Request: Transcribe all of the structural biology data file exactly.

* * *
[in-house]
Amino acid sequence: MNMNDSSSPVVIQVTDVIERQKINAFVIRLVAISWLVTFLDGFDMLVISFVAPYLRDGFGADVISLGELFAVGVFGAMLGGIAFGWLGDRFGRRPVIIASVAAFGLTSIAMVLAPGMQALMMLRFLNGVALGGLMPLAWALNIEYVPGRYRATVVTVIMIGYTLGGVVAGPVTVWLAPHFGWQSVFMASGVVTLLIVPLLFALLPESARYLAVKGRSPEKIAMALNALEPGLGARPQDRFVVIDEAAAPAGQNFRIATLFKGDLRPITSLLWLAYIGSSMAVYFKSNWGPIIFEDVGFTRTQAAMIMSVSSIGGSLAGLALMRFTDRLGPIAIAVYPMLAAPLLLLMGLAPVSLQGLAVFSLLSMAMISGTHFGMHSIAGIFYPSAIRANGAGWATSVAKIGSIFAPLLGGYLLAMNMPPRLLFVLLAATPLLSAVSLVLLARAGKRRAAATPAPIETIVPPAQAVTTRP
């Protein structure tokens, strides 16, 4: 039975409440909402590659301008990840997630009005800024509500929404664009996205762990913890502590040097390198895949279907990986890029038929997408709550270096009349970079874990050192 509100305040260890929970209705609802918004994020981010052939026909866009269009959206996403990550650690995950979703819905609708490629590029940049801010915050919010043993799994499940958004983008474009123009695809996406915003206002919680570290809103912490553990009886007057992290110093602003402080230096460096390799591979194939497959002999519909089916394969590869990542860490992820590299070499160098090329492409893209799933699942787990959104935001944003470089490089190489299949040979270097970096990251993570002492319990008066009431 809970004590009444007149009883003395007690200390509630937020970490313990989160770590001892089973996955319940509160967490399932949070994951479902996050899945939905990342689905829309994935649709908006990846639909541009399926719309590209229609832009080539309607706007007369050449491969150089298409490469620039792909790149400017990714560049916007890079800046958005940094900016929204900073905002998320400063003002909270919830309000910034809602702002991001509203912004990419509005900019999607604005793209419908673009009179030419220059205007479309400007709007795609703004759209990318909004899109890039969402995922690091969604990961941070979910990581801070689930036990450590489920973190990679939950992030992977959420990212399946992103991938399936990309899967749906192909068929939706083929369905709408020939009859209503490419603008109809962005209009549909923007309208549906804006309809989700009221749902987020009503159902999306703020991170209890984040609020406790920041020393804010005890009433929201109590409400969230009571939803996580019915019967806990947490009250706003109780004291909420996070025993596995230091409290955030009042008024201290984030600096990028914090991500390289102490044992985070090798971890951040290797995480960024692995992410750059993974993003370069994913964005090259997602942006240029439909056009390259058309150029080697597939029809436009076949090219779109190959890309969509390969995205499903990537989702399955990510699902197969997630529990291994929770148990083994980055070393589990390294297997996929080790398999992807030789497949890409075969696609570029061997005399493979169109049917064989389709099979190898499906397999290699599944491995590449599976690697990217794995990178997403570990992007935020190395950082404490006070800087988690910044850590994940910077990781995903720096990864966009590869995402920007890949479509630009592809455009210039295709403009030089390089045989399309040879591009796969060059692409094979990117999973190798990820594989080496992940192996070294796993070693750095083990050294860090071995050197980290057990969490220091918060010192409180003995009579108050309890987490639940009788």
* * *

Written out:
[in-house]
Amino acid sequence: MNMNDSSSPVVIQVTDVIERQKINAFVIRLVAISWLVTFLDGFDMLVISFVAPYLRDGFGADVISLGELFAVGVFGAMLGGIAFGWLGDRFGRRPVIIASVAAFGLTSIAMVLAPGMQALMMLRFLNGVALGGLMPLAWALNIEYVPGRYRATVVTVIMIGYTLGGVVAGPVTVWLAPHFGWQSVFMASGVVTLLIVPLLFALLPESARYLAVKGRSPEKIAMALNALEPGLGARPQDRFVVIDEAAAPAGQNFRIATLFKGDLRPITSLLWLAYIGSSMAVYFKSNWGPIIFEDVGFTRTQAAMIMSVSSIGGSLAGLALMRFTDRLGPIAIAVYPMLAAPLLLLMGLAPVSLQGLAVFSLLSMAMISGTHFGMHSIAGIFYPSAIRANGAGWATSVAKIGSIFAPLLGGYLLAMNMPPRLLFVLLAATPLLSAVSLVLLARAGKRRAAATPAPIETIVPPAQAVTTRP
């Protein structure tokens, strides 16, 4: 039975409440909402590659301008990840997630009005800024509500929404664009996205762990913890502590040097390198895949279907990986890029038929997408709550270096009349970079874990050192 509100305040260890929970209705609802918004994020981010052939026909866009269009959206996403990550650690995950979703819905609708490629590029940049801010915050919010043993799994499940958004983008474009123009695809996406915003206002919680570290809103912490553990009886007057992290110093602003402080230096460096390799591979194939497959002999519909089916394969590869990542860490992820590299070499160098090329492409893209799933699942787990959104935001944003470089490089190489299949040979270097970096990251993570002492319990008066009431 809970004590009444007149009883003395007690200390509630937020970490313990989160770590001892089973996955319940509160967490399932949070994951479902996050899945939905990342689905829309994935649709908006990846639909541009399926719309590209229609832009080539309607706007007369050449491969150089298409490469620039792909790149400017990714560049916007890079800046958005940094900016929204900073905002998320400063003002909270919830309000910034809602702002991001509203912004990419509005900019999607604005793209419908673009009179030419220059205007479309400007709007795609703004759209990318909004899109890039969402995922690091969604990961941070979910990581801070689930036990450590489920973190990679939950992030992977959420990212399946992103991938399936990309899967749906192909068929939706083929369905709408020939009859209503490419603008109809962005209009549909923007309208549906804006309809989700009221749902987020009503159902999306703020991170209890984040609020406790920041020393804010005890009433929201109590409400969230009571939803996580019915019967806990947490009250706003109780004291909420996070025993596995230091409290955030009042008024201290984030600096990028914090991500390289102490044992985070090798971890951040290797995480960024692995992410750059993974993003370069994913964005090259997602942006240029439909056009390259058309150029080697597939029809436009076949090219779109190959890309969509390969995205499903990537989702399955990510699902197969997630529990291994929770148990083994980055070393589990390294297997996929080790398999992807030789497949890409075969696609570029061997005399493979169109049917064989389709099979190898499906397999290699599944491995590449599976690697990217794995990178997403570990992007935020190395950082404490006070800087988690910044850590994940910077990781995903720096990864966009590869995402920007890949479509630009592809455009210039295709403009030089390089045989399309040879591009796969060059692409094979990117999973190798990820594989080496992940192996070294796993070693750095083990050294860090071995050197980290057990969490220091918060010192409180003995009579108050309890987490639940009788």